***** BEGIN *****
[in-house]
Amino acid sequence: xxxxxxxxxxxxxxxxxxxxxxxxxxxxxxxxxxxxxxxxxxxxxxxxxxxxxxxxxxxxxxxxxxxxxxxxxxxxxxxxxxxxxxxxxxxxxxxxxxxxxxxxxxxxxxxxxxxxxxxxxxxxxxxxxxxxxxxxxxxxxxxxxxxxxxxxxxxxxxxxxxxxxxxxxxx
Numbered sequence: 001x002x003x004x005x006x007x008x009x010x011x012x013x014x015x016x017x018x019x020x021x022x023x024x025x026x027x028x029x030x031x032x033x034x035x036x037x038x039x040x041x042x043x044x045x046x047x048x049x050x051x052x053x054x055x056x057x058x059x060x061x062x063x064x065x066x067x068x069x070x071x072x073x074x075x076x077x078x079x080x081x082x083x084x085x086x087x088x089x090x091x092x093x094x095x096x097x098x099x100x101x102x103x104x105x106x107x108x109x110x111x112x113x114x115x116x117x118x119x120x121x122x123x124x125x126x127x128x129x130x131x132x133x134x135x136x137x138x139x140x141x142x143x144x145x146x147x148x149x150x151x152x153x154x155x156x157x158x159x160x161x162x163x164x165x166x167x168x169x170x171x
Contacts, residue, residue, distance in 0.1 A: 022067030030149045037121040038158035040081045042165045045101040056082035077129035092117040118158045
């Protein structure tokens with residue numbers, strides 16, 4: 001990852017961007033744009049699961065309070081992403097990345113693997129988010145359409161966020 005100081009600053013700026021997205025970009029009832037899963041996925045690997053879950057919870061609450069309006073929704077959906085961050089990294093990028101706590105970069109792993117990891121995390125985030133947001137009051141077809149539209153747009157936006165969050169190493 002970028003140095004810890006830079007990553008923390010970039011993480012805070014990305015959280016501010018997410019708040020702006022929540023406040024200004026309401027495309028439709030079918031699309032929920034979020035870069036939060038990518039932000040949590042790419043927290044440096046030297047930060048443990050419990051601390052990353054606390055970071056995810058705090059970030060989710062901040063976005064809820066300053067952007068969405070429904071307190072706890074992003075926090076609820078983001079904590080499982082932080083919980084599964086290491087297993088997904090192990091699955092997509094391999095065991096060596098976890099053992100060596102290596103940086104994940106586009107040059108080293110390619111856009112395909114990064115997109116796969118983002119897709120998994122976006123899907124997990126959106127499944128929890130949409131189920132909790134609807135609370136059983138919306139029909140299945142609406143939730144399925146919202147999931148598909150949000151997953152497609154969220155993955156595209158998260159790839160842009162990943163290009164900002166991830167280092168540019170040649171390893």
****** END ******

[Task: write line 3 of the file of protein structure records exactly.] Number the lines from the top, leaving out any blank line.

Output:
Numbered sequence: 001x002x003x004x005x006x007x008x009x010x011x012x013x014x015x016x017x018x019x020x021x022x023x024x025x026x027x028x029x030x031x032x033x034x035x036x037x038x039x040x041x042x043x044x045x046x047x048x049x050x051x052x053x054x055x056x057x058x059x060x061x062x063x064x065x066x067x068x069x070x071x072x073x074x075x076x077x078x079x080x081x082x083x084x085x086x087x088x089x090x091x092x093x094x095x096x097x098x099x100x101x102x103x104x105x106x107x108x109x110x111x112x113x114x115x116x117x118x119x120x121x122x123x124x125x126x127x128x129x130x131x132x133x134x135x136x137x138x139x140x141x142x143x144x145x146x147x148x149x150x151x152x153x154x155x156x157x158x159x160x161x162x163x164x165x166x167x168x169x170x171x